04/21/2003 11:00PM

Prized Friend's stock soars

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INGLEWOOD, Calif. - Even while he stayed in the barn Sunday, Prized Friend's stock went up. The 7-year-old Prized Friend will be entered in the $150,000 Khaled Stakes - part of Saturday's $1.3 million California Gold Rush for statebreds at Hollywood Park - and based on the company Prized Friend has been keeping, the Khaled is a turf race that he has a shot to win.

"Put it this way," trainer Bill Spawr said, "look who beat him."

On March 9, making the second start of his comeback, Prized Friend finished second in a first-condition allowance. The horse who beat him? None other than Passinetti, who scored an unlikely upset Sunday in the Grade 1 San Juan Capistrano Handicap. Prized Friend subsequently won a $25,000 starter allowance, which boosted his earnings this year to $47,560. Not bad for a horse who sold for just $18,000 at the 2002 Barretts October mixed sale.

"We're already out on him, and we've got a chance this weekend," Spawr said.

Prized Friend is owned by Jon Lindo and partners.

Spawr said his 3-year-old sprinter Our Bobby V. will shorten to one turn for his next start, expected to be the Grade 2 Lazaro Barrera Memorial Stakes at seven furlongs on May 26.

Tough assignment for Special Ring

Trainer Julio Canani has scrapped prep-race plans for Special Ring, and instead will train the 6-year-old straight into the Grade 1 Shoemaker Mile on May 26. Special Ring has not raced since Aug. 2, when he set a Del Mar turf record for one mile, winning the Wickerr Handicap in 1:32.72. The win was the eighth from 20 starts for Special Ring, and established him as one of the country's top turf milers.

The front-running Special Ring habitually lugged out in his races, however, and a nuclear scan finally revealed a blind fracture that required time to heal. Canani turned him out, and Special Ring resumed serious training this winter at Santa Anita. Tuesday morning at Santa Anita, Special Ring worked five furlongs under David Flores in 1:00.60.

"He's so relaxed now," Canani said. "I worked him six furlongs [April 17] and he went the first quarter in 26."

Asked about Special Ring returning from a nine-month layoff in a Grade 1, Canani said, "If you can't bring a horse up to a race and have him fit, you might as well quit."

Special Ring, owned by William Preston, was imported two years ago from France. After losing seven of his first eight starts in the U.S., he has won four of his last five.

Passinetti earns a vacation

San Juan upsetter Passinetti, who was making his third start in a month when he won the San Juan, has earned a rest. Trainer Ben Cecil said the 7-year-old Passinetti, who had been away from the races for more than three years before his comeback this winter, would not run again for three months.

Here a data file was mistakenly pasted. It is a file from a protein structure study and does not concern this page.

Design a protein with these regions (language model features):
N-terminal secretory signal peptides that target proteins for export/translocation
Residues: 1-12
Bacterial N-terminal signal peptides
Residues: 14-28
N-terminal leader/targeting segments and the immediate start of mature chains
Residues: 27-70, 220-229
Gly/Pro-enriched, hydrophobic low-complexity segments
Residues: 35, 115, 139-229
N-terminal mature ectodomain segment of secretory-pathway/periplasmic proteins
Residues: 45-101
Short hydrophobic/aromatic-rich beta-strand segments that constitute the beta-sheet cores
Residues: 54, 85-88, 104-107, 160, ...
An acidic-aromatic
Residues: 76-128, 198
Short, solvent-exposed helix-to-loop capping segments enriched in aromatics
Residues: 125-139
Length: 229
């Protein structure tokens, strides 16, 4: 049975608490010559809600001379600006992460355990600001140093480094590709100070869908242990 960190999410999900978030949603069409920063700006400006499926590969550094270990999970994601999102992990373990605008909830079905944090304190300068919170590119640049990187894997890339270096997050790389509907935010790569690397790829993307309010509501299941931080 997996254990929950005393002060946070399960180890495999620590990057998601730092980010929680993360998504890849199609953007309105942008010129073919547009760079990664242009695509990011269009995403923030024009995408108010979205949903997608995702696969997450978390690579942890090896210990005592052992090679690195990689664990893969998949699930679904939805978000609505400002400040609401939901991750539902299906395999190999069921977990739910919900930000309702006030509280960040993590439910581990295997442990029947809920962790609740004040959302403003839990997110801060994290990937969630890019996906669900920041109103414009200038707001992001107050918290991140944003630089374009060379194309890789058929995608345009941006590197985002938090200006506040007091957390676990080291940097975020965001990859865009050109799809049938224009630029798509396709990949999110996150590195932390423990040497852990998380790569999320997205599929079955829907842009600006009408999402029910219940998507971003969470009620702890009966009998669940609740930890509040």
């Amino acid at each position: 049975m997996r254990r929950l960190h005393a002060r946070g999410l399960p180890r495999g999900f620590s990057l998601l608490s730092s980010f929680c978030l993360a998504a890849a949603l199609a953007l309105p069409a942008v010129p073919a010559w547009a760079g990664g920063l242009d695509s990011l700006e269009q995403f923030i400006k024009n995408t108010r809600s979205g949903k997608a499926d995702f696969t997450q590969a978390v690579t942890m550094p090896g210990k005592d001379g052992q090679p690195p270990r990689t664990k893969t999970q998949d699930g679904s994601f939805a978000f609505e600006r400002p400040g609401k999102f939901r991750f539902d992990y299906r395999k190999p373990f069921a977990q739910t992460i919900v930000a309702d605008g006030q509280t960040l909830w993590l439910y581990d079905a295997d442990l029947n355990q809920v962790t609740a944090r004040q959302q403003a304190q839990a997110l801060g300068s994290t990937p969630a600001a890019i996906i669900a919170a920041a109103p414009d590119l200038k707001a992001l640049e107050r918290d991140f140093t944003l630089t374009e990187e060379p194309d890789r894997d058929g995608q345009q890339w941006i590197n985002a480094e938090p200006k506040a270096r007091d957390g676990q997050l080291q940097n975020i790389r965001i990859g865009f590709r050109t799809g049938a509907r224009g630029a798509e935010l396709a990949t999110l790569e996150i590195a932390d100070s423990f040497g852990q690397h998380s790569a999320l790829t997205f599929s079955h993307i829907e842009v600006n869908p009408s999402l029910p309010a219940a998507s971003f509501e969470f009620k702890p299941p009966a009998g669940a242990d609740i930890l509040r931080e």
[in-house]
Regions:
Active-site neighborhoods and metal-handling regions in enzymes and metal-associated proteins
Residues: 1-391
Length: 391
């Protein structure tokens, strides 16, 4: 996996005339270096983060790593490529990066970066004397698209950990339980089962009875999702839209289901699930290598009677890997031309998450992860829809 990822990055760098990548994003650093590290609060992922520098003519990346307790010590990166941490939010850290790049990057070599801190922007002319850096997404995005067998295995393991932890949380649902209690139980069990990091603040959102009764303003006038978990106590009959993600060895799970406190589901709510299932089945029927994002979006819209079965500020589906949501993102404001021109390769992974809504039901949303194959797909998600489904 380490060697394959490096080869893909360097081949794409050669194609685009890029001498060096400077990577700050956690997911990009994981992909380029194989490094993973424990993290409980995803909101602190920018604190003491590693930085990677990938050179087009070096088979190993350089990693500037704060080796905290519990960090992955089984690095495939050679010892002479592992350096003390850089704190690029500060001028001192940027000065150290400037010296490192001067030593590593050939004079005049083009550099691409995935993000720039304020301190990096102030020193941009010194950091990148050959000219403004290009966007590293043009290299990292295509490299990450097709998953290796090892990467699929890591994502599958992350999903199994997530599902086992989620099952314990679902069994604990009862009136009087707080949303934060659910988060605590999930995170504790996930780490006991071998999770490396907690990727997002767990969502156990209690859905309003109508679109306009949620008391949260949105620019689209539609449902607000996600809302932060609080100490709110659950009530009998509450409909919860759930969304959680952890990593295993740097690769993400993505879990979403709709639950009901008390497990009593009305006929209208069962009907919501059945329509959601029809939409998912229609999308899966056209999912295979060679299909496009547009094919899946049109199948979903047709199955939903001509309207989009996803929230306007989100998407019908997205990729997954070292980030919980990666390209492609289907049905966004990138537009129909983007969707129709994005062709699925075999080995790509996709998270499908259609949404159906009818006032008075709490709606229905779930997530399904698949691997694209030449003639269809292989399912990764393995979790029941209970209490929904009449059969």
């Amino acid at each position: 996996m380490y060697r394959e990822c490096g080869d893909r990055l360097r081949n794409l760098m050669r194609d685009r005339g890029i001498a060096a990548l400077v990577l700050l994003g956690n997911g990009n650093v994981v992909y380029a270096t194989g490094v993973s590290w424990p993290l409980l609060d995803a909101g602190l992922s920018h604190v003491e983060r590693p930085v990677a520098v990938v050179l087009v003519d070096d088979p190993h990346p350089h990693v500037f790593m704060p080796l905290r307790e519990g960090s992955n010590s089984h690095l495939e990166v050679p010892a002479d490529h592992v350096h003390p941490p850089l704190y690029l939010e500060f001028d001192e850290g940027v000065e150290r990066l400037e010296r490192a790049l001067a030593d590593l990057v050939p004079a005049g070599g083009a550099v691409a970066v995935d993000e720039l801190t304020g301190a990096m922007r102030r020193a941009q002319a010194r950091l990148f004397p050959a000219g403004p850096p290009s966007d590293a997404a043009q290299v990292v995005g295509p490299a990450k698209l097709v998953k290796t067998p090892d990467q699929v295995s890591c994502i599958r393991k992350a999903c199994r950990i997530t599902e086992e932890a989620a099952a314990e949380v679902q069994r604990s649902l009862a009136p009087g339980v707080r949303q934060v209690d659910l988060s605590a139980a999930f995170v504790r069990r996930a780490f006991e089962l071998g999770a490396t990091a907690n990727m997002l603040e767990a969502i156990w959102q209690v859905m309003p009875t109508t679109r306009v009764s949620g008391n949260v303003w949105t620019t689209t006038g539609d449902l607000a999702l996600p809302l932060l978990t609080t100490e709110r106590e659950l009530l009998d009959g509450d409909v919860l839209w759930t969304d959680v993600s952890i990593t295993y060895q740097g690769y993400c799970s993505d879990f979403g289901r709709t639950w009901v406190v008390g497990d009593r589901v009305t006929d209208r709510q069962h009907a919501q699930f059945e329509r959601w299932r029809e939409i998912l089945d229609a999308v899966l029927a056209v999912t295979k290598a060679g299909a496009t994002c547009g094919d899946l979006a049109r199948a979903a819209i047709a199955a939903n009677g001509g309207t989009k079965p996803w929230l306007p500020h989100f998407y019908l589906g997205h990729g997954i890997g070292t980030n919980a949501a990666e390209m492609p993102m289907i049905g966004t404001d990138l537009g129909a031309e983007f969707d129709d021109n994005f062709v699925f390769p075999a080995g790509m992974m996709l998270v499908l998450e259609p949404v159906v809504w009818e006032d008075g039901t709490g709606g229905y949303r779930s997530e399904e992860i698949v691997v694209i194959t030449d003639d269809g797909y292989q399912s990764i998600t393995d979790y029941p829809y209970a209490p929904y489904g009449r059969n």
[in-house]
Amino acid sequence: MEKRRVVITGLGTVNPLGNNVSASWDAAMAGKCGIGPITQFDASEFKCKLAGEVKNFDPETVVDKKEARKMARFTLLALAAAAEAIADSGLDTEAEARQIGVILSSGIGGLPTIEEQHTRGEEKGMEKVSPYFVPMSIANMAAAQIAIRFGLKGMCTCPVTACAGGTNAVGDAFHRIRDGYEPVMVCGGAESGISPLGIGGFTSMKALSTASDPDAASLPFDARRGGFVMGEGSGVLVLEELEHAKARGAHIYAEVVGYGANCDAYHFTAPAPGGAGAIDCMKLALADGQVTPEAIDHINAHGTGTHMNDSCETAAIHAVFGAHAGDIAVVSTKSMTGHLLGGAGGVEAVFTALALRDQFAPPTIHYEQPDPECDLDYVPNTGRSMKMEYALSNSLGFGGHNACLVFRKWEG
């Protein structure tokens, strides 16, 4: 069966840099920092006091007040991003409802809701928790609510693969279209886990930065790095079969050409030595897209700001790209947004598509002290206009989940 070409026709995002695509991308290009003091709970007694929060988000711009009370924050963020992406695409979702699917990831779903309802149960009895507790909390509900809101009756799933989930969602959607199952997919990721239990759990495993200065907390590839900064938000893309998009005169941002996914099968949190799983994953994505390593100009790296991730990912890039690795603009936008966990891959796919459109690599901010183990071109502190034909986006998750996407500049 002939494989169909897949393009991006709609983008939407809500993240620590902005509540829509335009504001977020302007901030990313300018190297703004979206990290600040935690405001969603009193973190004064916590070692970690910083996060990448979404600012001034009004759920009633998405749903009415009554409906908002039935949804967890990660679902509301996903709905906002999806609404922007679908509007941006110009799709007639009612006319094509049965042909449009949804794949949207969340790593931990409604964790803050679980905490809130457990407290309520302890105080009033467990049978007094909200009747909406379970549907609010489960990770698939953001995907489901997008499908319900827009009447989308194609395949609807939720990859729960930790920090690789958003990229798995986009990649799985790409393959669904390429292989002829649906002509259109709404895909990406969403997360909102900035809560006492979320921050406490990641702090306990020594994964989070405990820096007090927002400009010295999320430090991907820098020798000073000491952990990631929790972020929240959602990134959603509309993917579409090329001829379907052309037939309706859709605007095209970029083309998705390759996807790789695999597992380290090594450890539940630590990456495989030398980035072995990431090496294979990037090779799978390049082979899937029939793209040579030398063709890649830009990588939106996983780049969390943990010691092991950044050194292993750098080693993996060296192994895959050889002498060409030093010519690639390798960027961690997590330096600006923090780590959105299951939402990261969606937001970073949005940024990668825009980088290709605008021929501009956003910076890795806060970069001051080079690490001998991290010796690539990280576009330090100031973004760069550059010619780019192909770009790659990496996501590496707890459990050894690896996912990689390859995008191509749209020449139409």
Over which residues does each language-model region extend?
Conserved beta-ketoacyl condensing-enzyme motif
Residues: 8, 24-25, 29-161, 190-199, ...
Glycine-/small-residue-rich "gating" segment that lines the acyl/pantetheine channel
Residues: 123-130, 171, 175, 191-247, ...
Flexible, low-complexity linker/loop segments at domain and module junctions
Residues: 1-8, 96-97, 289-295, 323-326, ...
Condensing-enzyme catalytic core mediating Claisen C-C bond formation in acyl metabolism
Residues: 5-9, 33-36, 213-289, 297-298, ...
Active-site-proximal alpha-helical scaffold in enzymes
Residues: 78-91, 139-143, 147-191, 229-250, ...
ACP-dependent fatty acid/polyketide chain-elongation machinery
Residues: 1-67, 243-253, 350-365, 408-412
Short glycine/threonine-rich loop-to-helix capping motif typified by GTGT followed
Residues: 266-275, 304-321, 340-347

"I'm going to freshen him up a little now, and maybe bring him back in the Sunset toward the end of Hollywood Park," Cecil said.

The Grade 2 Sunset, at 1 1/2 miles on turf, will be run July 20, closing day of the Hollywood spring-summer meet.

Cecil said champion grass mare Golden Apples "looks really good," and is pointing for a comeback this summer at Del Mar.

Men's Exclusive points for L.A. Times

Ten-year-old Men's Exclusive continues to defy age. A California-bred gelding who won for the 11th time in 44 starts on March 19, Men's Exclusive looked sharp in a half-mile workout Tuesday at Santa Anita and is pointing for the Grade 3 Los Angeles Times Handicap on May 10 at Hollywood Park.

"He's doing fantastic," trainer Wesley Ward said, minutes before Men's Exclusive posted the second-fastest of 24 half-mile workouts - 47 seconds.

Men's Exclusive has earned more than $1.4 million for owner-breeder Hartsel Reed, and is the only starter from the 1997 Breeders' Cup Sprint who is still racing. Men's Exclusive finished sixth as the 3-1 favorite in the 1997 BC Sprint. Men's Exclusive has won three graded stakes at Hollywood Park, and scored the first graded stakes win of his career in the six-furlong Los Angeles way back in 1997.

Ward said that unbeaten Bear Fan will not be ready for the $150,000 B. Thoughtful Stakes on Saturday, and instead will aim for the Grade 3 Desert Stormer Handicap on June 7.

Stute brothers honored

Trainers Mel and Warren Stute were honored Monday evening in Pasadena at an annual charity dinner to benefit the Edwin J. Gregson Foundation.

The Stute brothers, who have been racing in Southern California since the early 1940's, were recognized for their lifelong involvement in California racing,

After introductions by veterinarians Jack Robbins and Rick Arthur, Warren Stute, 81, was presented with a Stetson cowboy hat. Unlike the black ones that he frequently wears, the gift hat was cream colored. Stute drew a loud ovation when he tried it on.

Mel Stute, 75, was presented with a framed $1,000 voucher to support his well-known interest in betting.

The Gregson Foundation is administered by the California Thoroughbred Trainers Association and provides a scholarship program for children of backstretch workers. According to trainer Jenine Sahadi, who serves as chairman for the foundation, more than $100,000 was raised for the scholarship fund.

* Joey Franco, expected to be among the favorites Saturday in the $150,000 Tiznow Stakes on the Gold Rush card, worked five furlongs Tuesday at Santa Anita in 59.60. Among others, he will face General Challenge, Commander's Flag, Grey Memo, Ride and Shine, and Sombrio in the 7 1/2-furlong Tiznow.

- additional reporting by Steve Andersen